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- Thread starter jacks
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- Thread starter
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- Jan 26, 2012

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I'll get you started. What is an integer root? A quadratic equation [tex]x^2 + ax + b = 0[/tex] yields integer roots when [tex]\frac{-a \pm \sqrt{a^2 - 4b}}{2}[/tex] is an integer, with [tex]a, b \in \mathbb{Z}[/tex] ([tex]a[/tex] and [tex]b[/tex] don't need to be relative numbers but if we can prove there are infinitely many pairs of relative numbers [tex]\left (a, b \right )[/tex] we don't need to worry about non-integers).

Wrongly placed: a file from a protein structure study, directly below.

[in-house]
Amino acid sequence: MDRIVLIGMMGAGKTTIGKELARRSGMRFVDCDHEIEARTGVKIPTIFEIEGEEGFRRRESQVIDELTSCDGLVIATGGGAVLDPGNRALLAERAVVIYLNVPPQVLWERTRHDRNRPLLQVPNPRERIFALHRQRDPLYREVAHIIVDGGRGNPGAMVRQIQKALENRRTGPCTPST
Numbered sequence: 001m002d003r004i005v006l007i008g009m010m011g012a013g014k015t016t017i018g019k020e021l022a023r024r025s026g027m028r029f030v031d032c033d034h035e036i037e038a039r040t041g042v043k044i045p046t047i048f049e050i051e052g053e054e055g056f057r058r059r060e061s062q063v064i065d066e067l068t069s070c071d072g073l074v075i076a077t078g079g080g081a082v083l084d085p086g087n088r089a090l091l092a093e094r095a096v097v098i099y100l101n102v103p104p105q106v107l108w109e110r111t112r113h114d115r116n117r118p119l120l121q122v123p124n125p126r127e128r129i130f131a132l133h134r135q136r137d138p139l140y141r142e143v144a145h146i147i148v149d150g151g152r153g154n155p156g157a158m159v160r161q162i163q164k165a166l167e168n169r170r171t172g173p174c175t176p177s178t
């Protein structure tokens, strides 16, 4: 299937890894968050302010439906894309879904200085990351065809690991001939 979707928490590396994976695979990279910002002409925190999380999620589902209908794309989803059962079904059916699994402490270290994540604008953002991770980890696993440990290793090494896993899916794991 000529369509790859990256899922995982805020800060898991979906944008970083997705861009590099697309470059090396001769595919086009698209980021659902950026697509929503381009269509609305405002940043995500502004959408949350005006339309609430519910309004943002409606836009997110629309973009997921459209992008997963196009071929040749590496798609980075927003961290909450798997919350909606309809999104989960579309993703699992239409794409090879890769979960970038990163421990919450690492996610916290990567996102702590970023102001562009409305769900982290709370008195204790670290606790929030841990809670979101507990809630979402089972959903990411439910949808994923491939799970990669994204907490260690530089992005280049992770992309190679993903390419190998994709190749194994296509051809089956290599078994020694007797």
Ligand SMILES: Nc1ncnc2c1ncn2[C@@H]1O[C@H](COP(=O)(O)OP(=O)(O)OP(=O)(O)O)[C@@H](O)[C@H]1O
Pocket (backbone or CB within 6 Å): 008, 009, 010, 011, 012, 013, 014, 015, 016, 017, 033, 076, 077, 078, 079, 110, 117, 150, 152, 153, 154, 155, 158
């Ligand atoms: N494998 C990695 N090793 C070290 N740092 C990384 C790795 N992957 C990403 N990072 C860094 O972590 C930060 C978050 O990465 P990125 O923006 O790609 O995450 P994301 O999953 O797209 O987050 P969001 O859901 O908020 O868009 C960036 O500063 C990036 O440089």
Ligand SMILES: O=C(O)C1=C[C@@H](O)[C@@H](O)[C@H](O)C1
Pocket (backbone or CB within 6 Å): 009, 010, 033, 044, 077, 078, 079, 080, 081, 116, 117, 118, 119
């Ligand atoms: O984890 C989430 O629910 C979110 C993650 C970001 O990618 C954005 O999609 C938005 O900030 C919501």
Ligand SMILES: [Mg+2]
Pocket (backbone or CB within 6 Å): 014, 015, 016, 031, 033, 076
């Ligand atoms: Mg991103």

Clearly if [tex]\frac{-a \pm \sqrt{a^2 - 4b}}{2}[/tex] is an integer, then [tex]-a \pm \sqrt{a^2 - 4b}[/tex] is one too.

Can you follow this reasoning to the end and establish a condition on [tex]a[/tex] and [tex]b[/tex] such that the resulting quadratic has integer roots? Then, do the same for the other equation with [tex]2a[/tex] instead and put all the conditions together. Then, prove that all these conditions are satisfied for infinitely many pairs [tex]\left (a, b \right )[/tex] and you will be done. Does that make sense?